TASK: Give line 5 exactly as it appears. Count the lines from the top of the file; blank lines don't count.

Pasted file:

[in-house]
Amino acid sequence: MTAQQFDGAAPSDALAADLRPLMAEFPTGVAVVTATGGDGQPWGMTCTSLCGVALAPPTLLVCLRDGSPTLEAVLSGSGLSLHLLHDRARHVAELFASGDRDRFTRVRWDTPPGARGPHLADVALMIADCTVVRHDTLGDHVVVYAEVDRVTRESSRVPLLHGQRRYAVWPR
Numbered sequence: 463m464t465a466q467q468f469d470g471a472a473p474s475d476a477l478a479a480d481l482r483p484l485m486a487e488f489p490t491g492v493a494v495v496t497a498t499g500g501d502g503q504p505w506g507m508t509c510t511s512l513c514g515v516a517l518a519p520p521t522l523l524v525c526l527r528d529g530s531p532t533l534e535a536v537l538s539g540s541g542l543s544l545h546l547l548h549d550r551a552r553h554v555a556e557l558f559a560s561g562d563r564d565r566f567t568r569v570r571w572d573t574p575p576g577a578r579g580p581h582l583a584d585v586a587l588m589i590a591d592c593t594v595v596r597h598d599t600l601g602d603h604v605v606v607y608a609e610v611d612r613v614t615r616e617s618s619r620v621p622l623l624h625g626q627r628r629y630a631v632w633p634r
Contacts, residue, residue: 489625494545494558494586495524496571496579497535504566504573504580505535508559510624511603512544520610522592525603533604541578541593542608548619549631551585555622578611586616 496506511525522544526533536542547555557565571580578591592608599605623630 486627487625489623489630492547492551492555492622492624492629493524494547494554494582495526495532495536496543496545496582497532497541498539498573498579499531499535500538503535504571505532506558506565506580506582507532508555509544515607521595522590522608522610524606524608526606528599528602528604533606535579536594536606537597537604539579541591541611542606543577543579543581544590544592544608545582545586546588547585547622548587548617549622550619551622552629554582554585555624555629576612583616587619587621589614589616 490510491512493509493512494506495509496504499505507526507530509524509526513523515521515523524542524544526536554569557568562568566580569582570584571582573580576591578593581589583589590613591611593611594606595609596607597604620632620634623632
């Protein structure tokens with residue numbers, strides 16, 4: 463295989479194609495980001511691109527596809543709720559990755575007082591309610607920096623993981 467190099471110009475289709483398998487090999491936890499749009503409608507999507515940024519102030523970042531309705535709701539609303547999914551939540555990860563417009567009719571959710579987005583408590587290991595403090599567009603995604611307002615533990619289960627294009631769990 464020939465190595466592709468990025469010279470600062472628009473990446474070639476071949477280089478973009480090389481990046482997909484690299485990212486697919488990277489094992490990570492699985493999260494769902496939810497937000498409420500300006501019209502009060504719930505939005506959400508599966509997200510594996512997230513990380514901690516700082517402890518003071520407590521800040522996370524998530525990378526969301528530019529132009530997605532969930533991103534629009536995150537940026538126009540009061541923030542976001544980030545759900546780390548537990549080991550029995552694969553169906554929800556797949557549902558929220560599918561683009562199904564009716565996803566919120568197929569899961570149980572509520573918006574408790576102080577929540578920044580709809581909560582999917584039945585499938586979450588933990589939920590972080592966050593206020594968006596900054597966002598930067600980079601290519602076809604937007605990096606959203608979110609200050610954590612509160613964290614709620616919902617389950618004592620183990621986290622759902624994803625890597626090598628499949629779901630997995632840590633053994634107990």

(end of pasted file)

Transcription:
């Protein structure tokens with residue numbers, strides 16, 4: 463295989479194609495980001511691109527596809543709720559990755575007082591309610607920096623993981 467190099471110009475289709483398998487090999491936890499749009503409608507999507515940024519102030523970042531309705535709701539609303547999914551939540555990860563417009567009719571959710579987005583408590587290991595403090599567009603995604611307002615533990619289960627294009631769990 464020939465190595466592709468990025469010279470600062472628009473990446474070639476071949477280089478973009480090389481990046482997909484690299485990212486697919488990277489094992490990570492699985493999260494769902496939810497937000498409420500300006501019209502009060504719930505939005506959400508599966509997200510594996512997230513990380514901690516700082517402890518003071520407590521800040522996370524998530525990378526969301528530019529132009530997605532969930533991103534629009536995150537940026538126009540009061541923030542976001544980030545759900546780390548537990549080991550029995552694969553169906554929800556797949557549902558929220560599918561683009562199904564009716565996803566919120568197929569899961570149980572509520573918006574408790576102080577929540578920044580709809581909560582999917584039945585499938586979450588933990589939920590972080592966050593206020594968006596900054597966002598930067600980079601290519602076809604937007605990096606959203608979110609200050610954590612509160613964290614709620616919902617389950618004592620183990621986290622759902624994803625890597626090598628499949629779901630997995632840590633053994634107990």